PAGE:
A mustard seed is the object lesson in today’s teaching by Jesus. It is a tiny little seed that grows into a huge plant, providing safe harbor for many birds. The idea of planting seeds connects back to what He just said in verses 26-29. There Jesus spoke of how we plant but it is God who makes them grow. Both of these teachings are, of course, not about real seeds. The parables are about planting seeds of faith.

Jesus was a great seed planter. He took twelve men and a small group of followers and He planted seeds of faith in them. He took time to plant seeds of faith in about everyone He met. It was just Jesus’ DNA. In turn, the disciples and followers of Jesus used the faith that grew from the seeds that Jesus planted and planted seeds in others. We are the continuation of this process. Someone took the time to plant seeds of faith in us and now that these seeds have grown into faith, we take our faith and go forth to be planters.

As we go out into the world today, may we be intentional about planting seeds of faith. Even though we plant seeds of faith as small as a mustard seed, God can grow that faith into something that one day may change the world. May we be faithful in our small role, trusting God with the rest. Amen.


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Seeds

Reading: Mark 4: 26-29

Verse 27: “Night and day, whether he sleeps or gets up, the seed sprouts and grows, though he does not know how”.

The gospel today speaks of the ‘miracle’ of life. Each year I experience this in my garden. I saw rows of carrots and lettuce and peas and so on. Then I wait. Some time passes and I begin to see little green shoots coming up. Although I know scientifically why it happens, it still amazes me that these tiny hard seeds that I bury in the earth become live plants that will produce a harvest. The time in between planting and sprouting is not easy. Verse 27 reads, “Night and day, whether he sleeps or gets up, the seed sprouts and grows, though he does not know how”. While I know this is true, each morning I got up and looked upon my garden to see if life had yet sprung forth.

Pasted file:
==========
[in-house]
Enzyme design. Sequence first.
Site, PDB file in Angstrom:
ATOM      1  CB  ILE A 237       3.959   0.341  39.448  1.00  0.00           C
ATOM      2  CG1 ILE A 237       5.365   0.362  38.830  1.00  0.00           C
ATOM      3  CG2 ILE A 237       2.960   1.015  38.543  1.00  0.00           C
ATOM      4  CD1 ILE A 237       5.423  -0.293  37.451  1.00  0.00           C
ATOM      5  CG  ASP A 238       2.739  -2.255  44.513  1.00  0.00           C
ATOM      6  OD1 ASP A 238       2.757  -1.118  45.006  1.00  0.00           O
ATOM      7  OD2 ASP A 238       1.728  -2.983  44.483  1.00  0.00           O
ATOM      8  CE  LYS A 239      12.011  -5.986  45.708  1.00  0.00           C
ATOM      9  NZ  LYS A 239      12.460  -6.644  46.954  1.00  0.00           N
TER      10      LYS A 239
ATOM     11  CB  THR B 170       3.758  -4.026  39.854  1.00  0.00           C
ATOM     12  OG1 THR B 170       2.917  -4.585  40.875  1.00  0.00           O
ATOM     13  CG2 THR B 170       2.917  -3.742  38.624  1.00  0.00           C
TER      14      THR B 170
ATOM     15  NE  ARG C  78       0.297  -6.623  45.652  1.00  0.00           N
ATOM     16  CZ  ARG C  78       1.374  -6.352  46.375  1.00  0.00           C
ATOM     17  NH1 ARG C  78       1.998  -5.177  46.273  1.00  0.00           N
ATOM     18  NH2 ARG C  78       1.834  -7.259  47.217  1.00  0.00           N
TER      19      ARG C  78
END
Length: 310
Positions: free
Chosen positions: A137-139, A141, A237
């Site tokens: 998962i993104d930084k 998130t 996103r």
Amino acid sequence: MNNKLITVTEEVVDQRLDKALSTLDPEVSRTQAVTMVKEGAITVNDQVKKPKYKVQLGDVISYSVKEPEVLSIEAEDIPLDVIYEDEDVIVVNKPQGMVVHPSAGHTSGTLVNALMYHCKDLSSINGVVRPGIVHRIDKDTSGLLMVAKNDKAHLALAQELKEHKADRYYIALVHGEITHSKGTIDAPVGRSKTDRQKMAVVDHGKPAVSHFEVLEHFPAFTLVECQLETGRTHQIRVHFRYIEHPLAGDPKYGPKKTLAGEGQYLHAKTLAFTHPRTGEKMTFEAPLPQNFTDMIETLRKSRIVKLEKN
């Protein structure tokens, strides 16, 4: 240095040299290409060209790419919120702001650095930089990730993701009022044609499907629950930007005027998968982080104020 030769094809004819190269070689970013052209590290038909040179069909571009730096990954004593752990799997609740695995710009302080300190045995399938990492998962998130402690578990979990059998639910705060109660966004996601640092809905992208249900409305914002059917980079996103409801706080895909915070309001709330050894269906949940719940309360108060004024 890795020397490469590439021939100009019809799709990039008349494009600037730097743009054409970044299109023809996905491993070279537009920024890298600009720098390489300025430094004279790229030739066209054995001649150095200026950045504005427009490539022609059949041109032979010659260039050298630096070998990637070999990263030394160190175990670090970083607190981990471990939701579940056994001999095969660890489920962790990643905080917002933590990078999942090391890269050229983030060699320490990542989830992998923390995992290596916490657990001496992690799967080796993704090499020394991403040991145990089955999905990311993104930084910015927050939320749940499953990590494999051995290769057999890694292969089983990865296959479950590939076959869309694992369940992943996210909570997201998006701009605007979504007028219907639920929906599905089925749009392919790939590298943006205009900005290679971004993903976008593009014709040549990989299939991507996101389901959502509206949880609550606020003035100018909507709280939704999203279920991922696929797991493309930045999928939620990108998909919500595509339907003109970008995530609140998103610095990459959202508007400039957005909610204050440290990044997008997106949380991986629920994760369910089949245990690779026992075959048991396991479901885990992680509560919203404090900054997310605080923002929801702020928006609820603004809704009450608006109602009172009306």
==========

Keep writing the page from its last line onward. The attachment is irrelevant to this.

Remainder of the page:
Waiting is hard to do. Our society is a “now” culture. We expect our browser to pop up answers for what we typed into the search box before we’re even done typing. And watch out if the little wheel spins too long! We want quick results in our personal and business endeavors. We want a million sales by Tuesday for the add that just started airing Monday. We want that non-believer that we talked with on Friday to show up to church on Sunday and to leave that day asking to be baptized and to join the church on the following Sunday. But Jesus is telling us to be patient, to wait upon God’s timing.

In the passage, the soil is like the Holy Spirit. As evangelists of the good news of Jesus Christ, we are planting seeds all the time. Always with our actions, sometimes with our words, we are sharing our faith with others. We do not know if our actions or words will lead someone to faith in Christ. It may happen ten people later or it may be that the 243rd person after we sowed is the one who finally leads that person to belief. It may happen and we never know about it. But we are assured that the seeds of faith that we plant in others will be nurtured by the Spirit and will one day, in God’s timing, bear fruit. We do not know how or why or when the seeds will sprout into faith. But we do know that we are called to plant seeds.

Just as each of our journeys has been long and is not yet complete, so too is it with those who have not yet found Jesus. May we be ever faithful in our role in God’s big plan, doing all we can to plant seeds in the lives of all we meet.


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We Want a King

Reading: 1 Samuel 8: 19-20

Verse Nineteen: “But the people refused to listen to Samuel. ‘No!’ they said. ‘We want a king over us'”.

Can you remember times as a kid or young adult when you were really concerned with fitting in? Maybe you had to have the right brand of sneakers – those cheap store-brand shoes would just not do. Or maybe it was a brand of jeans or a certain hoodie or… Today, for many kids, it is having that cell phone or about using it to keep streaks going. As we grow older we continue to practice this comparing skill. We watch our friends to see when we should think about marrying and when we should start having a child. The Israelites look around and see kings ruling over the other nations and think, ‘where is our king’?

God must’ve thought, I’m right here. Remember how I just broke Pharaoh’s hard heart to spring you from Egypt? Remember how I parted the sea to provide you an escape route and then used it to wipe out the pursuing army? Remember how I brought you food and water in the desert? Remember, remember, remember…

As adults, we do this too. We mentally check to see if we fit in and to see if we are keeping up. We see the new car or boat in our neighbor’s driveway, envisioning one in our driveway. We hear a co-worker got a raise and we begin thinking about how we can drop hints when around the boss. And sometimes we even look around for good things. We notice how nicely our neighbor’s children play together and we ask for secret. Or we find a great mentor to help us grow in our faith or in our vocation.